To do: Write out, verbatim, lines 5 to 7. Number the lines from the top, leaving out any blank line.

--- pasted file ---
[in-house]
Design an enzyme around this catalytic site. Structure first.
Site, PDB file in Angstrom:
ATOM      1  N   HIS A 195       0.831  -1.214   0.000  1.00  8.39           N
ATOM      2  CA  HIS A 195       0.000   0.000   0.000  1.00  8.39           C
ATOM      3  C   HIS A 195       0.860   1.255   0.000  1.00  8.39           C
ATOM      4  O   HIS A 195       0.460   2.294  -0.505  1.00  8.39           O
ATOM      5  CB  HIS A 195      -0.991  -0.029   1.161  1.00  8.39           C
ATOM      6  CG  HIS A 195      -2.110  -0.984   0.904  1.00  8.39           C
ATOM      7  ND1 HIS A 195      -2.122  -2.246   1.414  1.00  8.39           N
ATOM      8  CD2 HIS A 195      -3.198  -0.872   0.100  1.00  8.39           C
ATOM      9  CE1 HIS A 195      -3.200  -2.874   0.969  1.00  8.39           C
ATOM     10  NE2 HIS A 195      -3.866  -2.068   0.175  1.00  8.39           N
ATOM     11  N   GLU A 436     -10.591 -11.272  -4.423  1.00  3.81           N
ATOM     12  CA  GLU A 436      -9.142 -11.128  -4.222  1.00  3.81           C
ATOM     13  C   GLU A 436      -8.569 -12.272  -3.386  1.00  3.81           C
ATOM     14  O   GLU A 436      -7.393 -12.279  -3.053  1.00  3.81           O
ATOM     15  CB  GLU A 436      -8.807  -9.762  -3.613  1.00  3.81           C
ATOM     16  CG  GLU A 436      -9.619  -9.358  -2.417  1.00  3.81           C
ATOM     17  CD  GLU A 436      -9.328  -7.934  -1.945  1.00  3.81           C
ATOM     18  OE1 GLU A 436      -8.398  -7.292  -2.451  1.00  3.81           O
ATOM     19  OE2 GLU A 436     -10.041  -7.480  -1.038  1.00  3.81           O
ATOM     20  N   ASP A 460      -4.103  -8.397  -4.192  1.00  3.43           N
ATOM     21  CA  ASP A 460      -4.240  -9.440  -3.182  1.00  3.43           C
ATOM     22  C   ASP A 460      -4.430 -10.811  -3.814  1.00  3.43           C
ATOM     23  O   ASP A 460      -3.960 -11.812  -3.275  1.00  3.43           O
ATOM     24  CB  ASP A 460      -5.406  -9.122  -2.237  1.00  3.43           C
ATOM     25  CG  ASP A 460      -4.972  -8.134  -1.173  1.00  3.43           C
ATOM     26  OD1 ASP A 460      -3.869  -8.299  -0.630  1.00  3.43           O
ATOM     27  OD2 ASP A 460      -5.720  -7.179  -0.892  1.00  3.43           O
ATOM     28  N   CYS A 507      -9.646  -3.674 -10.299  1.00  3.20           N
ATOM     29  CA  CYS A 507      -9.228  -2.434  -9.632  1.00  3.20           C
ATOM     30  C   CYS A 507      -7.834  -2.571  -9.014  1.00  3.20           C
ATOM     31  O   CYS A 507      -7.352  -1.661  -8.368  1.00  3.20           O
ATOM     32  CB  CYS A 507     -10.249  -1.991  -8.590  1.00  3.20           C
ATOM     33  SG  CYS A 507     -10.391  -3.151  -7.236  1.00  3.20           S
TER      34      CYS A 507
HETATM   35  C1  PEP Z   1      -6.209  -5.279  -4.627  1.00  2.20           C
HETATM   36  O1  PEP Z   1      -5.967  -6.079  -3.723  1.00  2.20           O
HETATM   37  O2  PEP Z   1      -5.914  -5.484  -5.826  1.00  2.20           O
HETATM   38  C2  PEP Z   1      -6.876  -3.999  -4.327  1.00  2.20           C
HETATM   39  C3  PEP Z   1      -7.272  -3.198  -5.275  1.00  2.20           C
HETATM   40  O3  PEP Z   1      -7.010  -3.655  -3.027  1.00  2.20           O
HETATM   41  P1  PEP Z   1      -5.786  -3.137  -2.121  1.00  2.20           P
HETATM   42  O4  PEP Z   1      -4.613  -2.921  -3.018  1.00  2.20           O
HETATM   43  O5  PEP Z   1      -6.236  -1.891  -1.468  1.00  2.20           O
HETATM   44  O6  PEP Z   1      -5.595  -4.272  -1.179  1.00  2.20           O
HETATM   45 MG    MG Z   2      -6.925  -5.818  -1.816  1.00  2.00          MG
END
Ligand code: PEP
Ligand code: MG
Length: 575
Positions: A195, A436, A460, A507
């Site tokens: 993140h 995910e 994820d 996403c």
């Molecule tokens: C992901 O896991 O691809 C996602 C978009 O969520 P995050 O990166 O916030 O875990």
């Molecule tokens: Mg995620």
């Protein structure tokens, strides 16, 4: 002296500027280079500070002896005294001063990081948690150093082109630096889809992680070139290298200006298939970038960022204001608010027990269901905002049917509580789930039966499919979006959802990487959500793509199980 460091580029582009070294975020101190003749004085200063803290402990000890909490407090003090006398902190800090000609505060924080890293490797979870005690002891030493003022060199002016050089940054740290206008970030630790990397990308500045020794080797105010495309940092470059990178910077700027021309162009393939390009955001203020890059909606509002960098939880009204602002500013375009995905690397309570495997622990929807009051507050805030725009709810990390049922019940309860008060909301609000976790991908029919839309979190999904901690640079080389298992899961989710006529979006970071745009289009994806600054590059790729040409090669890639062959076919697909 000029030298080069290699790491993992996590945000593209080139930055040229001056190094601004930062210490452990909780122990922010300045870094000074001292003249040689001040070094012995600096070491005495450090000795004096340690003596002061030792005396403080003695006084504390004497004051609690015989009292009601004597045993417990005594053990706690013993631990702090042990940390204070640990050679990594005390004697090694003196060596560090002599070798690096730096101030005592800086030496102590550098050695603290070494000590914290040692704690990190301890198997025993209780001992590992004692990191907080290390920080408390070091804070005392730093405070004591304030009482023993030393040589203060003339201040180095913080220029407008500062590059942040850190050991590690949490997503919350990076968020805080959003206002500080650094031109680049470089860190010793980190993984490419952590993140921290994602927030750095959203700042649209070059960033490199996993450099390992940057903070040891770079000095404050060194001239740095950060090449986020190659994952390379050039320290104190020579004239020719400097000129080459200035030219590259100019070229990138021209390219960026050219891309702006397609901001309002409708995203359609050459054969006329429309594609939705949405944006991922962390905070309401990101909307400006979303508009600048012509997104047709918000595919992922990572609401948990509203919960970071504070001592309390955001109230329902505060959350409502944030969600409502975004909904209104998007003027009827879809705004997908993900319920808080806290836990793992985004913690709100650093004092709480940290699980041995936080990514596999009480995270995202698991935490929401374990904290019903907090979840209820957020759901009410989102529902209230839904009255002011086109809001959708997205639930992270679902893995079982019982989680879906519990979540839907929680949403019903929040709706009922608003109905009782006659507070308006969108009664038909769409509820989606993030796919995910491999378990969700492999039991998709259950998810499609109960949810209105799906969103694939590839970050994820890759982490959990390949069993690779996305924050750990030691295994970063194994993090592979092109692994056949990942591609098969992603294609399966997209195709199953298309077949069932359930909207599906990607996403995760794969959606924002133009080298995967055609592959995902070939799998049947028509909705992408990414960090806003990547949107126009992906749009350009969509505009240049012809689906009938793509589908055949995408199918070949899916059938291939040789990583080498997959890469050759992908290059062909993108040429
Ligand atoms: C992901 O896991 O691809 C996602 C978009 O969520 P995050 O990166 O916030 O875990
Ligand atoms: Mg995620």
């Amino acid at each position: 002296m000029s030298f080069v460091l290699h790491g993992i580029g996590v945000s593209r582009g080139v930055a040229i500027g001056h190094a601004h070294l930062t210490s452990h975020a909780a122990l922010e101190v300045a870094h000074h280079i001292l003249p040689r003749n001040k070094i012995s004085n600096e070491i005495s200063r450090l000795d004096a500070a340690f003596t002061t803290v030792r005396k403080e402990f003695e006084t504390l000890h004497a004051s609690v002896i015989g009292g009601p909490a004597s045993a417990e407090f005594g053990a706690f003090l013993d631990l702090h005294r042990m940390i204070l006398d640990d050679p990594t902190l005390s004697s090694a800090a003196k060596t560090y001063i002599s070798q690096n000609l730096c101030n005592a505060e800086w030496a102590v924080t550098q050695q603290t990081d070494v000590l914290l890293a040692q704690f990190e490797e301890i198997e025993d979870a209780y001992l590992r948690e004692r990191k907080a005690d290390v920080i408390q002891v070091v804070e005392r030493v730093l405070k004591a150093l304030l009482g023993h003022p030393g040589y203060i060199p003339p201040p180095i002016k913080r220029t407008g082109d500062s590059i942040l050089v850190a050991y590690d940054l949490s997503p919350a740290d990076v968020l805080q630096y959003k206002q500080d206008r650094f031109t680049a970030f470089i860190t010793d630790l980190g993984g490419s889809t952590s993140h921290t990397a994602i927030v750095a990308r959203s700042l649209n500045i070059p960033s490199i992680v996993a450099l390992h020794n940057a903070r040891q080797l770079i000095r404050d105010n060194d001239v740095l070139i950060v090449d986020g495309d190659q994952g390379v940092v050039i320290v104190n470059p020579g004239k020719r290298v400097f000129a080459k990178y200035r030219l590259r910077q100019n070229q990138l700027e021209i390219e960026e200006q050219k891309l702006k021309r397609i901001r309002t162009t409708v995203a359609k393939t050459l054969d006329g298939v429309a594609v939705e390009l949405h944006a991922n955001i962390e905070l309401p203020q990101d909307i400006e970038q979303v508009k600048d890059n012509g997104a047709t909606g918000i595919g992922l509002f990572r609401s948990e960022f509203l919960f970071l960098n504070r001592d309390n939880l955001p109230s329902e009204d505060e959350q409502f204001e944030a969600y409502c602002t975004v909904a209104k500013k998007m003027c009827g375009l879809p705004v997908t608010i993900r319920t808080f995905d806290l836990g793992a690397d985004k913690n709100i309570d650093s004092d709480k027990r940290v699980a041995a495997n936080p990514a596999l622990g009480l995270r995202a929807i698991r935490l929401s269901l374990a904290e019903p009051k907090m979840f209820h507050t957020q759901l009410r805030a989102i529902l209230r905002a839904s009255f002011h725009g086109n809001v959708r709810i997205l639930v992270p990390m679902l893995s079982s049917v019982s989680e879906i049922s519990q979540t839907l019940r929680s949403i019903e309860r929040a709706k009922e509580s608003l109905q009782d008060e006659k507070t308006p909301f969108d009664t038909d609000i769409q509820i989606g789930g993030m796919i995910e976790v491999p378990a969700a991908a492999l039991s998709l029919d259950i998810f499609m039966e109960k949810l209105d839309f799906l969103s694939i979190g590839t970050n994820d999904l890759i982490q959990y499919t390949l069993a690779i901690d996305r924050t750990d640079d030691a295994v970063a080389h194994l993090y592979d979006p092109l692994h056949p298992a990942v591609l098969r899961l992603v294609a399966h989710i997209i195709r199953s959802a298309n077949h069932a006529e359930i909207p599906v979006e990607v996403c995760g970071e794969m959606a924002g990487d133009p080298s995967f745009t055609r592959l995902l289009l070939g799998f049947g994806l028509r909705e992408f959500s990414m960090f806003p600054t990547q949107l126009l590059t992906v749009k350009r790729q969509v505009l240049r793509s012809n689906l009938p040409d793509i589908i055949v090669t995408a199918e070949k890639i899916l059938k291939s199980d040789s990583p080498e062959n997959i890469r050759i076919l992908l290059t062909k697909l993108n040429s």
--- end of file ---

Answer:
ATOM      2  CA  HIS A 195       0.000   0.000   0.000  1.00  8.39           C
ATOM      3  C   HIS A 195       0.860   1.255   0.000  1.00  8.39           C
ATOM      4  O   HIS A 195       0.460   2.294  -0.505  1.00  8.39           O